Our health and safety approach includes, but is not limited to . . .
- Requiring everyone to wear a mask on campus when indoors and on buses. We will have a stockpile of disposable masks, should someone need a new mask. Masks will be required indoors and in certain outdoor spaces where distancing isn’t possible. We expect everyone to bring their own masks.
- Emphasizing hand hygiene. Participants will be regularly reminded to wash hands and hand sanitizer will be readily available throughout campus.
- Working to ensure a physical distance between individuals is maintained across campus.
- Daily attestation: Every morning before the day starts, students, campers, and staff on campus will answer a series of questions to screen for symptoms of COVID-19. If an individual has one of the symptoms that is part of that daily checklist, they will not attend camp or come to work.
- Requiring that campers and students who do not feel well act. Participants feeling ill or experiencing any symptoms of COVID should immediately contact their family physician and notify Brooks School.
- Requiring that employees who become sick go home. If an employee becomes ill during the day, they should inform their supervisor and health center and immediately leave campus. If the employee receives a positive COVID test result, they should be prepared to provide Human Resources with a list of all community members with whom they had close contact during the last 14 days. Human Resources will communicate to these individuals that they have potentially been exposed to COVID-19 while maintaining the affected employee’s confidentiality.
- Increased cleaning and disinfecting protocols for the campus.
- Swim lessons will not be conducted this year to protect the cohorts. Supervised free swim in the pools will still be part of the daily schedule.
More About Masks
Participants will be asked to bring a supply of masks with them to campus. Masks will be worn when inside buildings, as well as, outside when physical distancing is not possible. They should be laundered each day after use. We strongly recommend you label each mask with their name.
Does the type of mask matter? Yes: Masks must fit the following criteria . . .
- Fits snugly but comfortably against the side of the face
- Completely covers the nose and mouth
- Is secured with ties or an ear loop
- Includes multiple layers of fabric, preferably cotton. Polyester alone is insufficient
- Has no vents or valves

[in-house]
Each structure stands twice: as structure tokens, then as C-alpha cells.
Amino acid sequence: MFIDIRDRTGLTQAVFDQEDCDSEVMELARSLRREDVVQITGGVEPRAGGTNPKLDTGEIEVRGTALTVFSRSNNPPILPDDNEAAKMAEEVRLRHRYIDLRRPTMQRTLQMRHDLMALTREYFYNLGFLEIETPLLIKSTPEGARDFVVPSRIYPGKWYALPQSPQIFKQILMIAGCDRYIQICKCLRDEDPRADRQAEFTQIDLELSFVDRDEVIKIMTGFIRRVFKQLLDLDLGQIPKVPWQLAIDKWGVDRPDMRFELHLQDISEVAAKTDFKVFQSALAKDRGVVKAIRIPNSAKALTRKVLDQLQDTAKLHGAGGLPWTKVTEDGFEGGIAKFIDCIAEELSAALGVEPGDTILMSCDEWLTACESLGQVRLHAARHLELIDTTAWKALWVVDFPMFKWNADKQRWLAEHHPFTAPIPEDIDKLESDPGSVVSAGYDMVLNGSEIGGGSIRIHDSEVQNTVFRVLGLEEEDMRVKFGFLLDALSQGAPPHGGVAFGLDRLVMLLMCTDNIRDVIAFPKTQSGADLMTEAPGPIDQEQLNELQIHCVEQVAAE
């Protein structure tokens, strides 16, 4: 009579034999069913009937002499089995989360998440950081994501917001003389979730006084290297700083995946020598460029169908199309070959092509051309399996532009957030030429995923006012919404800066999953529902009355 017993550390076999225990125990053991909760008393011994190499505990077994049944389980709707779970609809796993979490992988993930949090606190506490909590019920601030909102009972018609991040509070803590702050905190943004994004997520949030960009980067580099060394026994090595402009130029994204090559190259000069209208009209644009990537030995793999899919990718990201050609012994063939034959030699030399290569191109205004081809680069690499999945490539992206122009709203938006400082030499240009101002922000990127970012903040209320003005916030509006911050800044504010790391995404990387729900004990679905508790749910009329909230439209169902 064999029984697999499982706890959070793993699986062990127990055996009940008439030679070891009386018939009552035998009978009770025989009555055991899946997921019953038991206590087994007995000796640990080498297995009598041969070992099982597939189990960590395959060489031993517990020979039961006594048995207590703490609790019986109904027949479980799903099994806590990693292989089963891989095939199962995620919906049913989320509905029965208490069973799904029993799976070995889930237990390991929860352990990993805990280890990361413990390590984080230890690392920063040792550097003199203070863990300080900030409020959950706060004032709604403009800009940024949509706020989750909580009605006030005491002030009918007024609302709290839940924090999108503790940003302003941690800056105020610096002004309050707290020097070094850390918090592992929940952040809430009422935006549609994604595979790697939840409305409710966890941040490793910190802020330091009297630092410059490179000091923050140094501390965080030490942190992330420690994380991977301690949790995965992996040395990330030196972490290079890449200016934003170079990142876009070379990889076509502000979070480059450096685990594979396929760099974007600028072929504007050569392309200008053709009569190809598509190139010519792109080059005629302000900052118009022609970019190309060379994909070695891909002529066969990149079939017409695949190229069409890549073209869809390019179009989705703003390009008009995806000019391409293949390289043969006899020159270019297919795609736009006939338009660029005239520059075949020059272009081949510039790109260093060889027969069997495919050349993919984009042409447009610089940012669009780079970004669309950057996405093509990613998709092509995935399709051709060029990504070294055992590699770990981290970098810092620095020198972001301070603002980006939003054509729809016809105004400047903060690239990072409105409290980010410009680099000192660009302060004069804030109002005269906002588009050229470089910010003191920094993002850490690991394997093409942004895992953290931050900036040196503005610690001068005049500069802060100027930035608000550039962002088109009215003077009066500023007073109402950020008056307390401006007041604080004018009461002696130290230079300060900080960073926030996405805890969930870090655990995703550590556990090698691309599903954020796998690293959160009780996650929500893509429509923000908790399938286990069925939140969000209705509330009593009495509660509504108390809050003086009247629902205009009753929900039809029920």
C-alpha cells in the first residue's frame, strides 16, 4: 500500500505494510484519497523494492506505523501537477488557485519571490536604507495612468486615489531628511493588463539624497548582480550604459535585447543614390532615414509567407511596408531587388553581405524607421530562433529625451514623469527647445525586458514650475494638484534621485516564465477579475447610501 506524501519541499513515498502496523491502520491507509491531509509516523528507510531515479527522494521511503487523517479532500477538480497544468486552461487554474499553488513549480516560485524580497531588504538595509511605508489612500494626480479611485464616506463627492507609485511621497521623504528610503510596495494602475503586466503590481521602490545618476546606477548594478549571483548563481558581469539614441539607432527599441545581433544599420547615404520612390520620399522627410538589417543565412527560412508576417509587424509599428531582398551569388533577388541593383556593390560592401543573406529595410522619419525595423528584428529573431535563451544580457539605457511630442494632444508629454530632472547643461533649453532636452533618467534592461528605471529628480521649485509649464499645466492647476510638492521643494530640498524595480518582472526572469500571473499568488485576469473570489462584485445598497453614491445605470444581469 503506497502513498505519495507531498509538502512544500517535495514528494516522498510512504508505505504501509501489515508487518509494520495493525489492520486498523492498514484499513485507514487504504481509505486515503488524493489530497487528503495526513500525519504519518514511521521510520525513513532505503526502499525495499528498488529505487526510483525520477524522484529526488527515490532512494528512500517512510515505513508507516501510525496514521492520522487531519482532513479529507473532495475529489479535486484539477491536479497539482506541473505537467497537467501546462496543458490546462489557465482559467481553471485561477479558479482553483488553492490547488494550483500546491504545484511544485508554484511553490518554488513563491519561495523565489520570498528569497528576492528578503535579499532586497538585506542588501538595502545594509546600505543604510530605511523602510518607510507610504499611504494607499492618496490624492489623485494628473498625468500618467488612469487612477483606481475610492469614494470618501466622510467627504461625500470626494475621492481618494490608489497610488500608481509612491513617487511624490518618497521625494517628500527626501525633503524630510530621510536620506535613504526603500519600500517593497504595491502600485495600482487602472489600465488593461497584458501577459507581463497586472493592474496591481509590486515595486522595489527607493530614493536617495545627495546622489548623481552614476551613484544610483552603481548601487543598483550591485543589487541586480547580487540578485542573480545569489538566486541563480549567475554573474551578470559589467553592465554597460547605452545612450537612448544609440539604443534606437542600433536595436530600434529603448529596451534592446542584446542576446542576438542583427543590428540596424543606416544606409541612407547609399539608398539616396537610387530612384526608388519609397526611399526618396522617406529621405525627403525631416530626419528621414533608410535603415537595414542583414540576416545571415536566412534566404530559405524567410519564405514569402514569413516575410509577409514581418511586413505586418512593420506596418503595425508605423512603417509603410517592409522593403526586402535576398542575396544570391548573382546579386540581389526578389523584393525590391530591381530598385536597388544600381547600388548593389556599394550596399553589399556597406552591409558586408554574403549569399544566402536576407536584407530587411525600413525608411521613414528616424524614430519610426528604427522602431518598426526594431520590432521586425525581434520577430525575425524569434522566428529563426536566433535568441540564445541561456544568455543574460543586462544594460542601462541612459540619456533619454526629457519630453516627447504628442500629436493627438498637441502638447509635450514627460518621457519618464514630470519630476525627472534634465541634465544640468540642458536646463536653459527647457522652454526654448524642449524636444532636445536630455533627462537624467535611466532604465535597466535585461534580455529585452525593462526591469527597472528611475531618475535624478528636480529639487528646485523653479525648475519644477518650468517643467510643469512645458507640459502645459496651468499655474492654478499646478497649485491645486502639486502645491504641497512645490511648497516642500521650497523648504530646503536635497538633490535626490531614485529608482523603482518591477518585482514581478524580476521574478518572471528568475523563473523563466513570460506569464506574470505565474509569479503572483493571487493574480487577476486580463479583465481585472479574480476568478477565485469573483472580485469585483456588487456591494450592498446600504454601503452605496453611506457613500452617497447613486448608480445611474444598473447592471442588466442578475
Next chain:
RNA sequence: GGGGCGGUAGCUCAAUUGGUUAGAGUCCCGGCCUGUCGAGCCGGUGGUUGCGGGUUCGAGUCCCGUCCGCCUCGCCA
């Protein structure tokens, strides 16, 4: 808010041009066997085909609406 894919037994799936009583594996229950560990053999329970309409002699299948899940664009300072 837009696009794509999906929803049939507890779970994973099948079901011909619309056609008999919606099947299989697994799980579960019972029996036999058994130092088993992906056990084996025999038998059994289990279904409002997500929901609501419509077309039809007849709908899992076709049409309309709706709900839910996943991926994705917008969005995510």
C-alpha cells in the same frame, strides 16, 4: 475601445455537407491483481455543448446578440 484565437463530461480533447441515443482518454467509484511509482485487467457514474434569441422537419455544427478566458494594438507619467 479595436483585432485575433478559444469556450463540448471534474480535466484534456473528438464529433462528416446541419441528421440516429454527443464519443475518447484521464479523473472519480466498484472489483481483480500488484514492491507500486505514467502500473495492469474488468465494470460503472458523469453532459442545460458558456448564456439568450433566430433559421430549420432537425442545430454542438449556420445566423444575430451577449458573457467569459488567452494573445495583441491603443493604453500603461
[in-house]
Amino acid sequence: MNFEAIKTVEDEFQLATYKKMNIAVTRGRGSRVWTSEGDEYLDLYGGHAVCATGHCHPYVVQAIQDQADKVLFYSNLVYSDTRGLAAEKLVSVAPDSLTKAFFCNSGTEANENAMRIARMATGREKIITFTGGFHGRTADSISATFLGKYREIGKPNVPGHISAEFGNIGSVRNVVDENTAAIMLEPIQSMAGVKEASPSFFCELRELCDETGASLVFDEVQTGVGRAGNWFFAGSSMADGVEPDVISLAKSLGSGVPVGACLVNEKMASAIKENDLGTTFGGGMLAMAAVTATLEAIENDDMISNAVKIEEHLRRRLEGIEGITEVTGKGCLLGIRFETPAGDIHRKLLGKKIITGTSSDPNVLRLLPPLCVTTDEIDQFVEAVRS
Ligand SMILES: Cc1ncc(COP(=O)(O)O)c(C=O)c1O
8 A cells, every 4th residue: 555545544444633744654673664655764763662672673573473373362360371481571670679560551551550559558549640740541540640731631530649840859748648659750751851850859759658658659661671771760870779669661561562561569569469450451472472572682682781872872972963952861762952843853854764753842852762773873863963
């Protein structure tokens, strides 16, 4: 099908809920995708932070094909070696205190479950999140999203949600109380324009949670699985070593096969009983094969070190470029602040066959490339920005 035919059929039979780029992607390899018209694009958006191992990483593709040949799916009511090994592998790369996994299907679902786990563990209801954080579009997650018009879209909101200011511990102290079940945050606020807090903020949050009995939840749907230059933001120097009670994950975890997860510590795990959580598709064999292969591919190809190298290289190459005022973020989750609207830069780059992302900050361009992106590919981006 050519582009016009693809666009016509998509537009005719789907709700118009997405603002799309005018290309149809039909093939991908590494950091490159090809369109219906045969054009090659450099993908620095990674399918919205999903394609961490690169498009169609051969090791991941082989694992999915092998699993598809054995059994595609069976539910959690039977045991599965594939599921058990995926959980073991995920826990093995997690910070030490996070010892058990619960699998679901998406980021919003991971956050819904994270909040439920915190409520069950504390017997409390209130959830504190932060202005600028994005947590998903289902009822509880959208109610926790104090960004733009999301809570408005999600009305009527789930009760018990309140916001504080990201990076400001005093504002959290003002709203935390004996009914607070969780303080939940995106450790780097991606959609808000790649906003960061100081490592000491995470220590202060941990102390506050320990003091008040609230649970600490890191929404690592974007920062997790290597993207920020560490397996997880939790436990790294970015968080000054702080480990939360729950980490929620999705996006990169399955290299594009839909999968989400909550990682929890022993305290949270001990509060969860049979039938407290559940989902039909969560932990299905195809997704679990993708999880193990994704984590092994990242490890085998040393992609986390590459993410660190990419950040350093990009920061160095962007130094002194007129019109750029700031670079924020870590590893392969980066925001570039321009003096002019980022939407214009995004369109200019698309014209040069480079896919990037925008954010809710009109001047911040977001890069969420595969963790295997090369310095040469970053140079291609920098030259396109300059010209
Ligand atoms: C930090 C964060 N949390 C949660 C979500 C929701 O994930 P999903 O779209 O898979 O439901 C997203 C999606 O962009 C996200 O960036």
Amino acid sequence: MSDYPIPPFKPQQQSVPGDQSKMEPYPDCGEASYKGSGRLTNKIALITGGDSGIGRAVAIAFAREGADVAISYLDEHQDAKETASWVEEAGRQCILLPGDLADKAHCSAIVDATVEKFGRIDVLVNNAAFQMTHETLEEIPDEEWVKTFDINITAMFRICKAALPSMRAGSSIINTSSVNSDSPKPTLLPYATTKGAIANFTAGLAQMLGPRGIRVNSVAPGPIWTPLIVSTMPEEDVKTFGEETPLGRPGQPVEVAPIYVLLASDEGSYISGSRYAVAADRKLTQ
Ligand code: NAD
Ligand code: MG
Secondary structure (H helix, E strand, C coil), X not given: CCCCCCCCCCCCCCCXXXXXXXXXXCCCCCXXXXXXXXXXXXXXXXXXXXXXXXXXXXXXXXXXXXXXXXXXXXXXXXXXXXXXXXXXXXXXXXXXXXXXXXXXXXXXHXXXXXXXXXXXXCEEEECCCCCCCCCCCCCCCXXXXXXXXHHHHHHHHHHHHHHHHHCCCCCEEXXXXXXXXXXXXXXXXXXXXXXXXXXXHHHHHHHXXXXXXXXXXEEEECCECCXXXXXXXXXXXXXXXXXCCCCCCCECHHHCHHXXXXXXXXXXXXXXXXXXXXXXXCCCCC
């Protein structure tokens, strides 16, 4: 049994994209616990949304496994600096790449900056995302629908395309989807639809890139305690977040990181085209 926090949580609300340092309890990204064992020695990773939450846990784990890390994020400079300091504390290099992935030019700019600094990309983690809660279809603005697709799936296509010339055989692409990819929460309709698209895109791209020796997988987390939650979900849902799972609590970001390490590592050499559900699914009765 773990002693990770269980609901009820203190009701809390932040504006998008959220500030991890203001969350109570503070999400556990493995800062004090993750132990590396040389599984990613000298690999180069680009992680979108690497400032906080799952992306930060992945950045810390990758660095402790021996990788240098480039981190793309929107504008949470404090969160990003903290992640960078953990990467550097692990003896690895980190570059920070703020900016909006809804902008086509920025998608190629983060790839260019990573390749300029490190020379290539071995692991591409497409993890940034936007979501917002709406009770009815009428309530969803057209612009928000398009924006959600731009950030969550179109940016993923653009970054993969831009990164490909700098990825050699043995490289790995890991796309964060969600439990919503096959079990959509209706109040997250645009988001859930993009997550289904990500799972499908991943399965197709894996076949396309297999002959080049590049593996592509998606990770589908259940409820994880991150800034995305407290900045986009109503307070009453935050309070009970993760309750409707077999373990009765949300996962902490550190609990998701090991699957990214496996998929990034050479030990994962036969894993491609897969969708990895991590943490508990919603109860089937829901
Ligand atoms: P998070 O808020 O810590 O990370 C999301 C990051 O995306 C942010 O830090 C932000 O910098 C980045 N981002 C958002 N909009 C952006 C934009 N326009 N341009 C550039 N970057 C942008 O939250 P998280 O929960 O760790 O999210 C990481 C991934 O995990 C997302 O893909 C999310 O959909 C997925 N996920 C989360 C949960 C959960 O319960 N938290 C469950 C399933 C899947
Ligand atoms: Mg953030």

- Allows for breathing without restriction
- Is not a bandana, gaiter, or scarf
- Can be laundered and machine dried without damage or change to the shape
Dr. Ann McGravey
Health Care Consultant
Dr. McGravey collaborates with our team of nurses in the development and implantation of all health care policies and procedures. Dr. McGravey has been a board-certified pediatrician for 39 years. Drawing upon her extensive experience, including many years at Boston Children’s Hospital, she can effectively collaborate with patients and parents to provide thorough, effective medical care for patients aged newborn to 18.
Health Services Supervisor
Gayle has been working as the Brooks School Summer Programs since 2012. In this role, Gayle directs all aspects of the health center’s operation in accordance with state and local regulations and collaborates with our Health Care Consultant. Her greatest satisfaction in work is seeing young adults/children begin to take responsibility for their wellness. Gayle received her Bachelor’s degree in Nursing from the University of Rochester and her Master’s degree from Boston College. During the school year, Gayle works as the Director of Health and Wellness at a local school. When not at work, she enjoys spending time with her family, biking, skiing, or participating in almost any type of outdoor activity.
Day Camp Nurse
Julie provides health services to the summer community and ensures that participants have a healthy and safe experience. She has been a part of the Brooks School Summer Programs for eight years. Julie earned her BSN in 2009 and has worked in various settings throughout her nursing career. Currently, she works as a public health nurse for the City of Cincinnati, Ohio. She is committed to community health and health care equity. She is pursuing her MSN with a focus on family medicine. In her free time, Julie enjoys running, swimming, and attending all her kids’ extracurricular activities.
Nicole has a passion for the foodservice industry. As part of the Brooks School Summer Programs, Nicole supervises the logistics team to ensure all programs remain in compliance with the Commonwealth of Massachusetts and North Andover Board of Health. For almost twenty years, Nicole has been involved in school-based nutritional services. She holds industry certifications in ServSafe, Allergy Awareness, CPR, and First Aid. During the academic year, Nicole leads a team of youth development professionals in North Andover’s after-school program. Her hobbies include softball, tennis, and gamming. Nicole lives in North Andover with her husband, two dogs, and a cat.